ANNAPOLIS – While an army of Draculas and other assorted ghouls invade neighborhoods this Halloween Friday, an equally impressive force of the vampire’s bat-brethren will take over bridges, caves and forests across Maryland en route to Latin America and other winter roosts.
Fall probably brings the greatest population of bats to Maryland, said Dana Limpert, a biodiversity analyst at Maryland’s Department of Natural Resources. But the night-flying mammals are “very difficult to track,” she said.
In fact, no one knows exactly where and how many bats migrate. Solving the mystery of bat migration, scientists say, will be a key step to preserving endangered bat species, like the Indiana bat seen in Maryland.
Bats are nocturnal flying mammals more closely related to humans than rodents. But unlike the Transylvanian count, bats that inhabit North America eat insects instead of blood, and many scientists contend they provide more benefit than threat to humankind.
Preserving them is in humans’ best interest. They gobble pests that irk humans and destroy crops, Limpert said, and they are uninterested in man.
But bat populations are threatened by development, pesticides and commercialization of caves.
The state’s trick-or-treaters won’t be imperiled by blood-drinking species – Maryland has none – but there are three worldwide – all residing in Latin America. These vampire bats actually lap up blood like a cat with a saucer of milk after biting an animal with their two front teeth.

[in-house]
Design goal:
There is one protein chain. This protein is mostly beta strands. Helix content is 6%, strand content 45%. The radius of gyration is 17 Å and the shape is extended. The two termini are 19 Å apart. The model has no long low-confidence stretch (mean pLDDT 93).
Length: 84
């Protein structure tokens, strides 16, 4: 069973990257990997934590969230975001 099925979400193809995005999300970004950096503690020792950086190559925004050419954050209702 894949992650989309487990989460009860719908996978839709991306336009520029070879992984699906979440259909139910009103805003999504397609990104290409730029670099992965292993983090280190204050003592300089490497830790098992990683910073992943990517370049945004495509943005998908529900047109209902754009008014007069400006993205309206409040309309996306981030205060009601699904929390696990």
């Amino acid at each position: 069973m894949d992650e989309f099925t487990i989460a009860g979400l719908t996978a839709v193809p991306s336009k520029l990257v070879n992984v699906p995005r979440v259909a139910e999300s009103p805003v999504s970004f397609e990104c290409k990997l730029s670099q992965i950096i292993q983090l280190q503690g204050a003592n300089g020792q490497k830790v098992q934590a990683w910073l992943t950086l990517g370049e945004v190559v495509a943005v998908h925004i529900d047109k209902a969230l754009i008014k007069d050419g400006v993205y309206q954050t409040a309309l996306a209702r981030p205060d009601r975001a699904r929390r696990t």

Bats in Maryland are far more interested in finding a place to hang upside-down.
This autumn search for lodging leads locally-migrating bats to caves, abandoned mines or, in the case of the big brown bat native to Maryland, warm attics to winter in.
Others, like the hoary bat that ranges from Canada to Latin America, can drop in for resting and refueling before moving on.
Yet their travel routes remain unclear.
“We know very little about the movement of these things,” said Don Wilson, a senior scientist at the Smithsonian National Museum of Natural History, “particularly long-distance migration.”
Bats are exceedingly hard to track because they are secretive creatures, often hard to find more than once. Radio trackers tiny enough to fit between a small bat’s shoulder blades have only enough battery life to track them for one or two weeks.
Those problems have led scientists to try genetics to aid tracking.
Maarten Vonhof, a post-doctoral researcher at the University of Tennessee is now collecting genetic samples from bat populations nationwide, and hopes to secure funding for a study that uses these samples to establish migration patterns.
If he finds a bat in Maryland that matches the genetic signature of a bat population in Canada “at least I’ll know that bat spent the summer in Canada.” – 30 – CNS-10-29-03